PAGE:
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6 x 9 paperback, 118 pages 

The Morning I Married the Sky

a collection of poems

(selections below)

i tripped


i tripped

i tripped and fell

but as i fell


i invited everything

i passed


to fall

with me

for jogging almost


for jogging almost

every day barefoot

on asphalt. for standing

in my driveway to listen

to wind


for averting

my gaze and not greeting

you with sufficient

effervescence. for all this


and more i am proud

to be named this year’s

“neighborhood eccentric” i said 

to an empty veteran’s hall

may i walk with

may i walk

with the unapologetic

gait of the donkey

in pasture at once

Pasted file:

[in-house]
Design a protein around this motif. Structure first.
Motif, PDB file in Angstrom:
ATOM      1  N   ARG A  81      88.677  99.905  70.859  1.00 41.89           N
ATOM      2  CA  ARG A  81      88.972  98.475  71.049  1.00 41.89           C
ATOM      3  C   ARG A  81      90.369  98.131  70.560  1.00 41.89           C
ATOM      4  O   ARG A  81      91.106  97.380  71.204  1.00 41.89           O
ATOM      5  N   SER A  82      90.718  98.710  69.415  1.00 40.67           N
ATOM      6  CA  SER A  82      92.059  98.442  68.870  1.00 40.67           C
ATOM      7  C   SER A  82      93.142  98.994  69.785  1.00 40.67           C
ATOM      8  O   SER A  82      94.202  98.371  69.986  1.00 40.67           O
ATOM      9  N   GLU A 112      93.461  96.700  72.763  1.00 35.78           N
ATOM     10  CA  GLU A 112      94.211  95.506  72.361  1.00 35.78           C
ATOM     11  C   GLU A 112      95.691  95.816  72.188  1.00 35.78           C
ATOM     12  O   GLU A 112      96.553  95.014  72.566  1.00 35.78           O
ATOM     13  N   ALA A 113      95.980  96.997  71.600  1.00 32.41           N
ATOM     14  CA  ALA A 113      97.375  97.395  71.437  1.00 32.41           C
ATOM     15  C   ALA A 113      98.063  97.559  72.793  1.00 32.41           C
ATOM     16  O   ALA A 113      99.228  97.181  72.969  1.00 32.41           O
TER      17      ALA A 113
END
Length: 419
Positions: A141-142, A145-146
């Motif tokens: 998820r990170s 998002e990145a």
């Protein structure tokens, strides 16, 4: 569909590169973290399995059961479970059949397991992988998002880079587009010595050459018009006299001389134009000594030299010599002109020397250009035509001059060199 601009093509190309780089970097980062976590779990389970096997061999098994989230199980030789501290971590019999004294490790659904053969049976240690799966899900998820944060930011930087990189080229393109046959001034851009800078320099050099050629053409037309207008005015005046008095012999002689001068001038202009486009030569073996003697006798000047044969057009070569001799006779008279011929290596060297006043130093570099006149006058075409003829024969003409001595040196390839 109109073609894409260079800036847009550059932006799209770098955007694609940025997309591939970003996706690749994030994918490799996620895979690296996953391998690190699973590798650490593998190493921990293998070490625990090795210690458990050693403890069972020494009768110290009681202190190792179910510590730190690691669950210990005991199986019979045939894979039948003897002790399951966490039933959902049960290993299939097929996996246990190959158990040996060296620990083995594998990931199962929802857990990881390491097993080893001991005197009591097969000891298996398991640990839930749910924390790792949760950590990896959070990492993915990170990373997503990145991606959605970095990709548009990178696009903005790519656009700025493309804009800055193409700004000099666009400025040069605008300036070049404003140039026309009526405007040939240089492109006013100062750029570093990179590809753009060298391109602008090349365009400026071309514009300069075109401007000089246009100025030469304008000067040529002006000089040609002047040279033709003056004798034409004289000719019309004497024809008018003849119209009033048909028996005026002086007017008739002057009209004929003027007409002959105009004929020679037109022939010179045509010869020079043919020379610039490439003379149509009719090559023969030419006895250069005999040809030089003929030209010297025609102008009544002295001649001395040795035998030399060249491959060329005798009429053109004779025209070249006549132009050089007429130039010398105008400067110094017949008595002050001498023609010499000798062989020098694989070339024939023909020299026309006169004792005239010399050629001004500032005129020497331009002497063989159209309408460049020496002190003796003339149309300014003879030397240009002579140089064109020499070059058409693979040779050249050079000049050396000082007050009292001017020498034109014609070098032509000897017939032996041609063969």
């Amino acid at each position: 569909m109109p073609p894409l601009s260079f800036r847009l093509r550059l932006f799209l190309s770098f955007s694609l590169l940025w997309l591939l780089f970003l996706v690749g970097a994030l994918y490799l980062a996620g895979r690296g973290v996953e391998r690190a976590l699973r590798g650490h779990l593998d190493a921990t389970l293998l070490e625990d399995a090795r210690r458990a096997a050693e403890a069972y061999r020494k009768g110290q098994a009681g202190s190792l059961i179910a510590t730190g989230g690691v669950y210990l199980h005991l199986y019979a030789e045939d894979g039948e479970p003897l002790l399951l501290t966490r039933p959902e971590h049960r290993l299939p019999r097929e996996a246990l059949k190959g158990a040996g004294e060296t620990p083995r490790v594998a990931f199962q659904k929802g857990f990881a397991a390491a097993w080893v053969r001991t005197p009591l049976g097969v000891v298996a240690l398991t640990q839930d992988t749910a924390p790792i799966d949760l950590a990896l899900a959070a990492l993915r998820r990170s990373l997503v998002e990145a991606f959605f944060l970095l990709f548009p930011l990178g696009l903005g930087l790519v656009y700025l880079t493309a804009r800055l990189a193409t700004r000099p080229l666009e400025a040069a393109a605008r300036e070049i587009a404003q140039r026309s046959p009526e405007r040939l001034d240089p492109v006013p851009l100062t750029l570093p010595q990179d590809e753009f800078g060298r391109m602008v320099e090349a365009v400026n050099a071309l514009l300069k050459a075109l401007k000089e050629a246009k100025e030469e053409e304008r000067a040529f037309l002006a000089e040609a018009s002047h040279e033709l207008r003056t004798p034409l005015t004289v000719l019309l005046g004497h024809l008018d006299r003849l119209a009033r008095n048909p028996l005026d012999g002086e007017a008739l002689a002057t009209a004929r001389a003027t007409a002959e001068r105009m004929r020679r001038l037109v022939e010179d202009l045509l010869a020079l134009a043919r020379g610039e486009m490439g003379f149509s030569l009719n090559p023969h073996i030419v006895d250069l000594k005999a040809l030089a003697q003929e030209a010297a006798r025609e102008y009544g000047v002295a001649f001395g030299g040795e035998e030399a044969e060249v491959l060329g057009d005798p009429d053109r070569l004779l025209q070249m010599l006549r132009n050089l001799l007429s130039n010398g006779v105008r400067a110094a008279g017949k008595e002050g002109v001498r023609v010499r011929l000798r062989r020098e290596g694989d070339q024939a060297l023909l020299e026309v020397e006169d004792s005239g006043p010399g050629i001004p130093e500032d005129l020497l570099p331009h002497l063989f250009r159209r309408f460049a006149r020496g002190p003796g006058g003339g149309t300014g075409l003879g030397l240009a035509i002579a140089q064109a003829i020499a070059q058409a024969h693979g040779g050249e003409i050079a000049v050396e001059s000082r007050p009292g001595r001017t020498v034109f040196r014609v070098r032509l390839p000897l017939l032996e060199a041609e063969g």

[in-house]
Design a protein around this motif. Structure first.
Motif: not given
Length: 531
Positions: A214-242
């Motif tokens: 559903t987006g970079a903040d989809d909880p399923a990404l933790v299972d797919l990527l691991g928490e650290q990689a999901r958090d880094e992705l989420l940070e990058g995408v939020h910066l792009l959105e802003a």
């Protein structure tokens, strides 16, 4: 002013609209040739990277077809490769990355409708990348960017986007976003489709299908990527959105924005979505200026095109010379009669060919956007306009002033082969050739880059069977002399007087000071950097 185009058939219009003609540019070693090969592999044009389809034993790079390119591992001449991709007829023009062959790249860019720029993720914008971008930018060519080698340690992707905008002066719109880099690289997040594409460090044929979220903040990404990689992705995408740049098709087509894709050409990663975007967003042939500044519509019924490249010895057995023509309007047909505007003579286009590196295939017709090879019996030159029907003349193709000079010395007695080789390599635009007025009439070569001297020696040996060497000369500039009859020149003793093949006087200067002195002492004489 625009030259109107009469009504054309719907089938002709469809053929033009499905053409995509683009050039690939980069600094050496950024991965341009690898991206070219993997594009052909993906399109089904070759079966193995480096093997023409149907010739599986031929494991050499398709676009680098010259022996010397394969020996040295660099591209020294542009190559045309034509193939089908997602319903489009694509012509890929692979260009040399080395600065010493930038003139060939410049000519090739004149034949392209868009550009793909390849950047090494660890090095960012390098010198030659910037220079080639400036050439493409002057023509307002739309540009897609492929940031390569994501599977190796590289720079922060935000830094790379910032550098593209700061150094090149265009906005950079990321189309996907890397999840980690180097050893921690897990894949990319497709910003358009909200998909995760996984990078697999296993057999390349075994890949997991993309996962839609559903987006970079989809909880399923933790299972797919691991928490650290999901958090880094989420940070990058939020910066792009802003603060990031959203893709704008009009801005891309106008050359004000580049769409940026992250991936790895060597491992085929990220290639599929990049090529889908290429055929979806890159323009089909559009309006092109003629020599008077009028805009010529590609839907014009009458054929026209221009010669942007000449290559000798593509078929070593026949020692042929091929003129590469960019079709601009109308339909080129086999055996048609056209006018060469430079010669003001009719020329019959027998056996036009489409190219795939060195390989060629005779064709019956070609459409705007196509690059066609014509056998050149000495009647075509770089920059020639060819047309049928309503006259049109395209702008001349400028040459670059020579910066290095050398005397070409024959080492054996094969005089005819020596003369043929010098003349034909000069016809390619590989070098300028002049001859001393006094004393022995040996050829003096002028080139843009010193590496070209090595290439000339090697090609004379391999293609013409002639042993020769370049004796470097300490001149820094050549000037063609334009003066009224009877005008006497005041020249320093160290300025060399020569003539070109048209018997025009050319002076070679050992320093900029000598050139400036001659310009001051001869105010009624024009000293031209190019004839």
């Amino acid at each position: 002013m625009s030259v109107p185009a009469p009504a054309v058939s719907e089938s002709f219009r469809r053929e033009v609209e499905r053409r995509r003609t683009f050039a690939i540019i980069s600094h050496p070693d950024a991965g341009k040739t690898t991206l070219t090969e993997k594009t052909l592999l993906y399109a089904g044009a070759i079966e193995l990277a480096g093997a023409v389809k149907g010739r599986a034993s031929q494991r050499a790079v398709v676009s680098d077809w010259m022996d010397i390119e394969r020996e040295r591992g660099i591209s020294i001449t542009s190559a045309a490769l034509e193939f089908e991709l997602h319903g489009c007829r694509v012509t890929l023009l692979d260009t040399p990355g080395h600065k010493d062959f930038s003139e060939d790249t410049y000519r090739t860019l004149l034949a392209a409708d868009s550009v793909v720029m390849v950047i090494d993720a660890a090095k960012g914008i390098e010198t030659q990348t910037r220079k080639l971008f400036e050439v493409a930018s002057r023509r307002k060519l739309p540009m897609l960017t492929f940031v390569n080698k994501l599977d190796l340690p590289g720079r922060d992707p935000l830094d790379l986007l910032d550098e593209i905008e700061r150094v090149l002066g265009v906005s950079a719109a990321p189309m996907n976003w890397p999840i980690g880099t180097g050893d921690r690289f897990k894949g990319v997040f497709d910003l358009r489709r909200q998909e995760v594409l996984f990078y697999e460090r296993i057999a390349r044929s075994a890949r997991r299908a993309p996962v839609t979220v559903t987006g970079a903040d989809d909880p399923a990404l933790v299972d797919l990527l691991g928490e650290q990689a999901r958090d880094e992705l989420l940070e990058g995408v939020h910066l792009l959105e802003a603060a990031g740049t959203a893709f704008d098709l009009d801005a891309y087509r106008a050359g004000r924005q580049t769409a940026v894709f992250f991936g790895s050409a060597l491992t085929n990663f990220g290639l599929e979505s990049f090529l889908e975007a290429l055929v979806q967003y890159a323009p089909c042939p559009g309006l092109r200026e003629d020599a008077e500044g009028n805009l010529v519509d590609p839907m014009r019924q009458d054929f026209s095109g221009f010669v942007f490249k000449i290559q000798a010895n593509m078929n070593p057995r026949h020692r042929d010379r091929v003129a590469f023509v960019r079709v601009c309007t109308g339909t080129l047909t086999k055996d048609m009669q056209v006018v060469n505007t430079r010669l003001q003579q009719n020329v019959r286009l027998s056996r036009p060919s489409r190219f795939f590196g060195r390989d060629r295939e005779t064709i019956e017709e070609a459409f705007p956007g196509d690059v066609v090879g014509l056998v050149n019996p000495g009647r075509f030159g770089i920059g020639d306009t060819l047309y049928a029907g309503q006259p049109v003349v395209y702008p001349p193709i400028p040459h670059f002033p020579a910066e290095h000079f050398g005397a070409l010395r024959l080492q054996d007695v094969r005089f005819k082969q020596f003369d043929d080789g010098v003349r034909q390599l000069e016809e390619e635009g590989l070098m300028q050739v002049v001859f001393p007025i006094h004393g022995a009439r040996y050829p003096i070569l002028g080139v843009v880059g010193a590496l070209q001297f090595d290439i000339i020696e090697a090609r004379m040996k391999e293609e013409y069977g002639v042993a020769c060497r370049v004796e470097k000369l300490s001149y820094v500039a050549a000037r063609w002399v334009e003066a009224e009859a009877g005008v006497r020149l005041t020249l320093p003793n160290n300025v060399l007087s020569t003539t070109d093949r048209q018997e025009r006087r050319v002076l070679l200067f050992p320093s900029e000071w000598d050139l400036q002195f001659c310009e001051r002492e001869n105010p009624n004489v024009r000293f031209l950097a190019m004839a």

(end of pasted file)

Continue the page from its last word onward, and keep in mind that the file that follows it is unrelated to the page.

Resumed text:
purposeful and easy

as he flicks 

his ears to drive off


Shackleton’s Men


i listened with a mixture

of disdain and wonder unsure

how to judge

these mad men who ventured

with Shackleton in wooden ships

for hundreds of days through

fields of ice, faces

swollen with frostbite,

limbs black and weak

from scurvy, bickering

in the wake of each

implacable rebuff,

while the great war ate the world,

and all for no reason

except to be first

to cross the snowy crown

of the planet and even then

they failed


until at the end i heard that one

of the men—his name

was Richards—

said he had no regrets


“it was something,” he said,

“the human spirit accomplished.

it was something

you tried to do.”

when i rounded the corner 

when i rounded the corner 
an expanded empty 
paper shopping bag 
was tipping back 
and forth in the road 
like a sow that couldn’t 
get up but after sorting 
through mail on the front 
steps i turned again 
it was doing cartwheels 
towards the intersection

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